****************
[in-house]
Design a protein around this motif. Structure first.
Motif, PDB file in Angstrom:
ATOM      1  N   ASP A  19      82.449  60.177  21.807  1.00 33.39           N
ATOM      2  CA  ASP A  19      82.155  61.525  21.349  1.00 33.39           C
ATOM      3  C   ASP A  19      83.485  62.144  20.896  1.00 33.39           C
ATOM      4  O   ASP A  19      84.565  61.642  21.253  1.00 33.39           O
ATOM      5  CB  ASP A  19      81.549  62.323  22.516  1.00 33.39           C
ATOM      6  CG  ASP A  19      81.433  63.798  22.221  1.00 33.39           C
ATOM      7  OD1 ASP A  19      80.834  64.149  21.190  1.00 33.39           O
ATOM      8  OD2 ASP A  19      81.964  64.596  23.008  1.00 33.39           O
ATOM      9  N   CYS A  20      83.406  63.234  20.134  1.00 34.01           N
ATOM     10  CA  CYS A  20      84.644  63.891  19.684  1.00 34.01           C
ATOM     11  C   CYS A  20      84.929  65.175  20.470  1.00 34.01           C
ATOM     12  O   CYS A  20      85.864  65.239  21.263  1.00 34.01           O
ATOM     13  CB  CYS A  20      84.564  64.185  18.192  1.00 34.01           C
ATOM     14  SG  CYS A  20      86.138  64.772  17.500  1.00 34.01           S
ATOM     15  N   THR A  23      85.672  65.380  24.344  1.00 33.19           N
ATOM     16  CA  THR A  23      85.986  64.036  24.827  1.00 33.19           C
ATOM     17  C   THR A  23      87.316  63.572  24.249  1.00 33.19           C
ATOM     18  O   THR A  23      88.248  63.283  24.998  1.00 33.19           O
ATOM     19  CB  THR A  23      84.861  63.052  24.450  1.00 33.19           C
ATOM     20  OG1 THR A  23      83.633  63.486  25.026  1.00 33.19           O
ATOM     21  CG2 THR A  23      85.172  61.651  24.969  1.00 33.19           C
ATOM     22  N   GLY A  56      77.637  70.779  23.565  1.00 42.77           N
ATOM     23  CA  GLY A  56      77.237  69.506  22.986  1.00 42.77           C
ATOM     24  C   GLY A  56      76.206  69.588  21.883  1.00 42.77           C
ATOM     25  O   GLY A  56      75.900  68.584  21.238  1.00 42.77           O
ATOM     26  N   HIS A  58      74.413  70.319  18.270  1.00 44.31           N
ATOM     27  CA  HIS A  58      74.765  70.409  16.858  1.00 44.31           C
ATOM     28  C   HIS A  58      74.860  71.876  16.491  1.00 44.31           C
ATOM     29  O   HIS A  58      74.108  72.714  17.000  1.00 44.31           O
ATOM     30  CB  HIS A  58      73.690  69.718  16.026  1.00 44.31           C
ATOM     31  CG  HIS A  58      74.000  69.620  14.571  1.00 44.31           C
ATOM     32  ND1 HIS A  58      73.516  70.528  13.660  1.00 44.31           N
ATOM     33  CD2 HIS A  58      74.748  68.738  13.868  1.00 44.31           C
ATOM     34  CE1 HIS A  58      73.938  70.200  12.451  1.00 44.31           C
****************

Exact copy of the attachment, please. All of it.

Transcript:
[in-house]
Design a protein around this motif. Structure first.
Motif, PDB file in Angstrom:
ATOM      1  N   ASP A  19      82.449  60.177  21.807  1.00 33.39           N
ATOM      2  CA  ASP A  19      82.155  61.525  21.349  1.00 33.39           C
ATOM      3  C   ASP A  19      83.485  62.144  20.896  1.00 33.39           C
ATOM      4  O   ASP A  19      84.565  61.642  21.253  1.00 33.39           O
ATOM      5  CB  ASP A  19      81.549  62.323  22.516  1.00 33.39           C
ATOM      6  CG  ASP A  19      81.433  63.798  22.221  1.00 33.39           C
ATOM      7  OD1 ASP A  19      80.834  64.149  21.190  1.00 33.39           O
ATOM      8  OD2 ASP A  19      81.964  64.596  23.008  1.00 33.39           O
ATOM      9  N   CYS A  20      83.406  63.234  20.134  1.00 34.01           N
ATOM     10  CA  CYS A  20      84.644  63.891  19.684  1.00 34.01           C
ATOM     11  C   CYS A  20      84.929  65.175  20.470  1.00 34.01           C
ATOM     12  O   CYS A  20      85.864  65.239  21.263  1.00 34.01           O
ATOM     13  CB  CYS A  20      84.564  64.185  18.192  1.00 34.01           C
ATOM     14  SG  CYS A  20      86.138  64.772  17.500  1.00 34.01           S
ATOM     15  N   THR A  23      85.672  65.380  24.344  1.00 33.19           N
ATOM     16  CA  THR A  23      85.986  64.036  24.827  1.00 33.19           C
ATOM     17  C   THR A  23      87.316  63.572  24.249  1.00 33.19           C
ATOM     18  O   THR A  23      88.248  63.283  24.998  1.00 33.19           O
ATOM     19  CB  THR A  23      84.861  63.052  24.450  1.00 33.19           C
ATOM     20  OG1 THR A  23      83.633  63.486  25.026  1.00 33.19           O
ATOM     21  CG2 THR A  23      85.172  61.651  24.969  1.00 33.19           C
ATOM     22  N   GLY A  56      77.637  70.779  23.565  1.00 42.77           N
ATOM     23  CA  GLY A  56      77.237  69.506  22.986  1.00 42.77           C
ATOM     24  C   GLY A  56      76.206  69.588  21.883  1.00 42.77           C
ATOM     25  O   GLY A  56      75.900  68.584  21.238  1.00 42.77           O
ATOM     26  N   HIS A  58      74.413  70.319  18.270  1.00 44.31           N
ATOM     27  CA  HIS A  58      74.765  70.409  16.858  1.00 44.31           C
ATOM     28  C   HIS A  58      74.860  71.876  16.491  1.00 44.31           C
ATOM     29  O   HIS A  58      74.108  72.714  17.000  1.00 44.31           O
ATOM     30  CB  HIS A  58      73.690  69.718  16.026  1.00 44.31           C
ATOM     31  CG  HIS A  58      74.000  69.620  14.571  1.00 44.31           C
ATOM     32  ND1 HIS A  58      73.516  70.528  13.660  1.00 44.31           N
ATOM     33  CD2 HIS A  58      74.748  68.738  13.868  1.00 44.31           C
ATOM     34  CE1 HIS A  58      73.938  70.200  12.451  1.00 44.31           C